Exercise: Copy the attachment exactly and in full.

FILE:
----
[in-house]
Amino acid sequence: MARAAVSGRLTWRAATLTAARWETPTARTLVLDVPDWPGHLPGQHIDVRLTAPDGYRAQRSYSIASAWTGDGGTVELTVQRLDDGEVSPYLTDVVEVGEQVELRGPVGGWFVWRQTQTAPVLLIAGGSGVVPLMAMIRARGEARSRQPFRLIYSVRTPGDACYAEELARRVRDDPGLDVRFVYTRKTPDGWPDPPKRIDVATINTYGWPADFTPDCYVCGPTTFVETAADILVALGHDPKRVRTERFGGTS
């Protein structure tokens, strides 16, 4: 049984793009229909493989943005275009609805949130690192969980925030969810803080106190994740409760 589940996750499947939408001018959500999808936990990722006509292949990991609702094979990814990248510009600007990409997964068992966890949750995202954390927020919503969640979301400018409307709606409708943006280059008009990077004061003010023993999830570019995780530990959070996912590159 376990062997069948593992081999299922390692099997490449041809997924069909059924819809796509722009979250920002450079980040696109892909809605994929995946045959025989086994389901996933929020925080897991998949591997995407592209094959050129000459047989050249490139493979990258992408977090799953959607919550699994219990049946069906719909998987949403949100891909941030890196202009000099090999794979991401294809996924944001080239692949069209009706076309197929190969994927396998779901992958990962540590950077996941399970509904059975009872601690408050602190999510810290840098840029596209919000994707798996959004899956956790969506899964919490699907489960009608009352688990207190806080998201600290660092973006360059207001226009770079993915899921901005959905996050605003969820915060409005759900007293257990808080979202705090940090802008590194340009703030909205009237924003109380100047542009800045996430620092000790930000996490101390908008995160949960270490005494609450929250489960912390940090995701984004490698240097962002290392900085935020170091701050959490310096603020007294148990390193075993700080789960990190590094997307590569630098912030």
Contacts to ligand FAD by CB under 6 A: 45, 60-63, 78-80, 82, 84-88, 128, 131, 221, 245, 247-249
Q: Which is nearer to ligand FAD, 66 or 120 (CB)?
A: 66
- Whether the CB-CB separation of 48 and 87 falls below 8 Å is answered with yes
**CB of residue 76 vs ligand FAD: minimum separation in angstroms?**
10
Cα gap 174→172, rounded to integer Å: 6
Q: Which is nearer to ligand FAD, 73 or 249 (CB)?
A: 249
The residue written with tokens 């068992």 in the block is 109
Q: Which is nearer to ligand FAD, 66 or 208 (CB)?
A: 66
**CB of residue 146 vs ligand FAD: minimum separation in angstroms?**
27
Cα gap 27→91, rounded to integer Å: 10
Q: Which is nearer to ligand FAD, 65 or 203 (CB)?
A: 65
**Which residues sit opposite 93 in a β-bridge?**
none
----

[in-house]
Amino acid sequence: MARAAVSGRLTWRAATLTAARWETPTARTLVLDVPDWPGHLPGQHIDVRLTAPDGYRAQRSYSIASAWTGDGGTVELTVQRLDDGEVSPYLTDVVEVGEQVELRGPVGGWFVWRQTQTAPVLLIAGGSGVVPLMAMIRARGEARSRQPFRLIYSVRTPGDACYAEELARRVRDDPGLDVRFVYTRKTPDGWPDPPKRIDVATINTYGWPADFTPDCYVCGPTTFVETAADILVALGHDPKRVRTERFGGTS
């Protein structure tokens, strides 16, 4: 049984793009229909493989943005275009609805949130690192969980925030969810803080106190994740409760 589940996750499947939408001018959500999808936990990722006509292949990991609702094979990814990248510009600007990409997964068992966890949750995202954390927020919503969640979301400018409307709606409708943006280059008009990077004061003010023993999830570019995780530990959070996912590159 376990062997069948593992081999299922390692099997490449041809997924069909059924819809796509722009979250920002450079980040696109892909809605994929995946045959025989086994389901996933929020925080897991998949591997995407592209094959050129000459047989050249490139493979990258992408977090799953959607919550699994219990049946069906719909998987949403949100891909941030890196202009000099090999794979991401294809996924944001080239692949069209009706076309197929190969994927396998779901992958990962540590950077996941399970509904059975009872601690408050602190999510810290840098840029596209919000994707798996959004899956956790969506899964919490699907489960009608009352688990207190806080998201600290660092973006360059207001226009770079993915899921901005959905996050605003969820915060409005759900007293257990808080979202705090940090802008590194340009703030909205009237924003109380100047542009800045996430620092000790930000996490101390908008995160949960270490005494609450929250489960912390940090995701984004490698240097962002290392900085935020170091701050959490310096603020007294148990390193075993700080789960990190590094997307590569630098912030």
Contacts to ligand FAD by CB under 6 A: 45, 60-63, 78-80, 82, 84-88, 128, 131, 221, 245, 247-249
Q: Which is nearer to ligand FAD, 66 or 120 (CB)?
A: 66
- Whether the CB-CB separation of 48 and 87 falls below 8 Å is answered with yes
**CB of residue 76 vs ligand FAD: minimum separation in angstroms?**
10
Cα gap 174→172, rounded to integer Å: 6
Q: Which is nearer to ligand FAD, 73 or 249 (CB)?
A: 249
The residue written with tokens 């068992």 in the block is 109
Q: Which is nearer to ligand FAD, 66 or 208 (CB)?
A: 66
**CB of residue 146 vs ligand FAD: minimum separation in angstroms?**
27
Cα gap 27→91, rounded to integer Å: 10
Q: Which is nearer to ligand FAD, 65 or 203 (CB)?
A: 65
**Which residues sit opposite 93 in a β-bridge?**
none